Among the many popular coins in the world of numismatics, few are as beloved and admired as the Carson City Morgan Dollar. These beautiful silver dollars were struck during the days of the American Wild West and are sought by coin collectors and investors of all types. . Carson City Morgan Dollars were minted in the years of 1878-1885 and 1889-1893 when all coin production ceased at the historical mint.
After a number of setbacks in the construction and set-up of the Mint, the facility finally began producing coins in February 1870. The first coins struck in the Carson City Mint were Silver Dollars of the Seated Liberty type, followed by a number of gold coins. Despite this early output, the Mint did not produce coins in any great numbers until 1876, but mostly not until the Bland-Allison Act of 1878, which mandated the increased production of silver coins. It was at this point that the Morgan Silver Dollar was born.
These silver dollars were not necessary to function within the country’s economy as legal tender. In fact, the coins were not needed for general circulation at all; rather, the coins were a result of political pressure being applied to the government by the owners of the silver mines. These Nevada mine owners, whose mines were producing enormous amounts of silver from the Comstock Lode, soon wielded large influence due to their quickly-increasing wealth. The miners needed something to do with all of their silver, and the Morgan Dollar ultimately became the answer. By edict of the Bland-Allison Act, the US Treasury had to purchase two to four million dollars of silver per month from the mine owners.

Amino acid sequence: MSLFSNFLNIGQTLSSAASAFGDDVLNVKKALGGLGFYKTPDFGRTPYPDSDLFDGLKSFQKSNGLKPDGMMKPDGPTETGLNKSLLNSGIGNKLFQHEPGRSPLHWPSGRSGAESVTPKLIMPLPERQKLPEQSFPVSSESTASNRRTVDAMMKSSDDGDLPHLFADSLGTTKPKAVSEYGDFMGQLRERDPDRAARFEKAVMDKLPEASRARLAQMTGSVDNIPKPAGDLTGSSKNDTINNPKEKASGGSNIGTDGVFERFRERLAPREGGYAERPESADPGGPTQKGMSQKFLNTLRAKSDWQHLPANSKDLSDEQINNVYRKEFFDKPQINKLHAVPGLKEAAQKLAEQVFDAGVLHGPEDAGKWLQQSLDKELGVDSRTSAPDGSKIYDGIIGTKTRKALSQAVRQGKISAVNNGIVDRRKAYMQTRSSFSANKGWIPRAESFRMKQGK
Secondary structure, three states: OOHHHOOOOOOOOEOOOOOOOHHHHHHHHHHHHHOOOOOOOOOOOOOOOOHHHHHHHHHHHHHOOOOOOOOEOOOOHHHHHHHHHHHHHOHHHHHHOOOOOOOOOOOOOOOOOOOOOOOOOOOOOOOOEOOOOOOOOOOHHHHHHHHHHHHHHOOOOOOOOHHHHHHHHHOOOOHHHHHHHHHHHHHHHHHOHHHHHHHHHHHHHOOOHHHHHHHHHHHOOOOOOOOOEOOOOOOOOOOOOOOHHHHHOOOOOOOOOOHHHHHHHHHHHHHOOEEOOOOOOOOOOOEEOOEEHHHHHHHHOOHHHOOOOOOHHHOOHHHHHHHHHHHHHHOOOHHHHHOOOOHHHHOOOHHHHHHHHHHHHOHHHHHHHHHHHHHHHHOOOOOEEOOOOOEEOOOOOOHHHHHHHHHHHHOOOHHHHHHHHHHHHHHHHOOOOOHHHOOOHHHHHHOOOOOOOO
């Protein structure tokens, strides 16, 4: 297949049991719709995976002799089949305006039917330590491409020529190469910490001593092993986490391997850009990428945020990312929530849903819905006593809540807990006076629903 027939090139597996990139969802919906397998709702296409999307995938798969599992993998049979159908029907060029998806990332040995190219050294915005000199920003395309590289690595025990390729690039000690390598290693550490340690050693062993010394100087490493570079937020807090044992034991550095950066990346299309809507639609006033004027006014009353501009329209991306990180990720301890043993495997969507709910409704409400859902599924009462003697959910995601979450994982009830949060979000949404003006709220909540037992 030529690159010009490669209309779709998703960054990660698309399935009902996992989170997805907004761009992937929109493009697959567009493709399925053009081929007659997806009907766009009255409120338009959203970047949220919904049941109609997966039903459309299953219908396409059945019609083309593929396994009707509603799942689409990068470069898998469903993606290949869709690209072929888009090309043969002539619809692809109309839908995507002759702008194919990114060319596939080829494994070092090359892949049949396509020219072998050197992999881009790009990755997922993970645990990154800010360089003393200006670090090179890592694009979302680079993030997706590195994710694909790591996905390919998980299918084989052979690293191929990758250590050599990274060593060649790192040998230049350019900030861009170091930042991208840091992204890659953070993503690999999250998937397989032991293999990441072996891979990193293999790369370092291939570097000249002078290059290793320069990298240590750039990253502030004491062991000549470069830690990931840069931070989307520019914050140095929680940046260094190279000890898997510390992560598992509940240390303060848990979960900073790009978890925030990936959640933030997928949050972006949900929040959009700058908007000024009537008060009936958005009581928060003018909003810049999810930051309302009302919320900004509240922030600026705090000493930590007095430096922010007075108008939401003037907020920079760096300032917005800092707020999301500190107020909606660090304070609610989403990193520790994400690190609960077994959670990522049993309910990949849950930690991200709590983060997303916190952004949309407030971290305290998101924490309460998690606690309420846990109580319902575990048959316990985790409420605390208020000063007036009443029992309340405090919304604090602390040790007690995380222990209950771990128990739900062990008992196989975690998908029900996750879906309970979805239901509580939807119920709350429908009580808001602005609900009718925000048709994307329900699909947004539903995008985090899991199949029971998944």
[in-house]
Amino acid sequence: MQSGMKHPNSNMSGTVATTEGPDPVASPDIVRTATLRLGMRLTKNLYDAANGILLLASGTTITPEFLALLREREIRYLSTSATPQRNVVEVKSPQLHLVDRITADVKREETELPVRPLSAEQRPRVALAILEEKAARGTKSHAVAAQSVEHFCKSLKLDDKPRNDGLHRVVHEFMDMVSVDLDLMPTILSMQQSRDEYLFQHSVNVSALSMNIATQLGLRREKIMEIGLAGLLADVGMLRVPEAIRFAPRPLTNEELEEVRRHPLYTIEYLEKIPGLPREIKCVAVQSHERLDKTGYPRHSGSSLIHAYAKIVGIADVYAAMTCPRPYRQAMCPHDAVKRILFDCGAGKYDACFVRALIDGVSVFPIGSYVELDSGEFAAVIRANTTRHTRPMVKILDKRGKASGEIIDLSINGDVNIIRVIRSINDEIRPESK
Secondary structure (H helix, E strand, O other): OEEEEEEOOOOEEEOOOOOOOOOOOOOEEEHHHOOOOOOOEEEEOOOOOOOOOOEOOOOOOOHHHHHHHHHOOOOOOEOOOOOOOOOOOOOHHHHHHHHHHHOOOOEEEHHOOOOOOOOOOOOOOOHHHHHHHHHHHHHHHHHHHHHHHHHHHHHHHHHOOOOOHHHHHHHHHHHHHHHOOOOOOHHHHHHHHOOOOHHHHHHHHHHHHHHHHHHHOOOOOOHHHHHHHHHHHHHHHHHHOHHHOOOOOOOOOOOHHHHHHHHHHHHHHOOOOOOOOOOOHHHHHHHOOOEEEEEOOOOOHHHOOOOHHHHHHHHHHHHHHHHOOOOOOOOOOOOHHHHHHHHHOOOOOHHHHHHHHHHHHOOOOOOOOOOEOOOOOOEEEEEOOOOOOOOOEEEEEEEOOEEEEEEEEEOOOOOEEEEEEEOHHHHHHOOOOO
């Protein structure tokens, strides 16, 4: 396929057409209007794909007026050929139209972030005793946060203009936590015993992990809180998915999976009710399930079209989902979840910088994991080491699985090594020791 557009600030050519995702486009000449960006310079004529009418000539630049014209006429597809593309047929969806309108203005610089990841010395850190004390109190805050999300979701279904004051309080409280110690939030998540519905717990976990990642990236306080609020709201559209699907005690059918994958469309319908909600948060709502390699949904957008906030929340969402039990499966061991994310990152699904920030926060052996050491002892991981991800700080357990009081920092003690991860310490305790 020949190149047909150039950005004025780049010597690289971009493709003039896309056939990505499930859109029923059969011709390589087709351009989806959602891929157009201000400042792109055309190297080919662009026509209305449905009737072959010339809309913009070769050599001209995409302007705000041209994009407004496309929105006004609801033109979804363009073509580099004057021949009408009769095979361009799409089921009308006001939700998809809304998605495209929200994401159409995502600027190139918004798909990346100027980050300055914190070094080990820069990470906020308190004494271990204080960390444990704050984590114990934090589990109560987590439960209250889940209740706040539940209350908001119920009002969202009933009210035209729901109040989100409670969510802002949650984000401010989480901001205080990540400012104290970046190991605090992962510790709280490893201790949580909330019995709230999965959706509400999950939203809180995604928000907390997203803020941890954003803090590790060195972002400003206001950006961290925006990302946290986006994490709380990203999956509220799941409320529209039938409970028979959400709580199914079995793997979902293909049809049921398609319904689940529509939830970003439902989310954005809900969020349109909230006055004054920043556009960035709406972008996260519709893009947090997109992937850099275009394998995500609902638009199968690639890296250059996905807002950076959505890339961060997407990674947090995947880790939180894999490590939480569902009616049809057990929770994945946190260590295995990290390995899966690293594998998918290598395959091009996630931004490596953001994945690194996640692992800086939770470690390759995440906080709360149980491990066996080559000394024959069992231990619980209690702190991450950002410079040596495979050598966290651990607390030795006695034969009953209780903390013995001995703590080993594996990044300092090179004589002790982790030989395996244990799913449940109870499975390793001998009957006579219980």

The design of the Carson City Morgan Dollar is a truly unique and fascinating story. When British engraver George T. Morgan needed a model for the Miss Liberty that would adorn the coin’s obverse side, he located a young Philadelphia schoolteacher named Miss Anna W. Williams to sit as a model. For the sake of propriety and the young lady’s privacy, Morgan tried to keep the model’s identity a secret. Her identity was ultimately discovered a short time later, which possibly led to the dissolution of her marriage engagement.
On the obverse of the Morgan Dollar, Lady Liberty wears wheat and cotton in her hair to symbolize the reconciliation of the northern and southern states after the Civil War and the cap of liberty on her head, symbolizing a hard-fought freedom. The reverse of the Morgan Dollar features the majestic American bald eagle, holding both the arrows of war and the olive branch of peace within its talons.
These features, as well as the stories that go along with them, hold great appeal to coin collectors of all types. The fact that these silver dollars represent one of the greatest and most important eras of our young country gives the Carson City Morgan Dollar great historical value as well. Add to this the fact that some Morgan Dollars are among the rarest and most desirable silver coins available on the market today.
The most notable of the series are the following:
1884-CC Branch Mint Proof Strike
1893-CC Branch Mint Proof Strike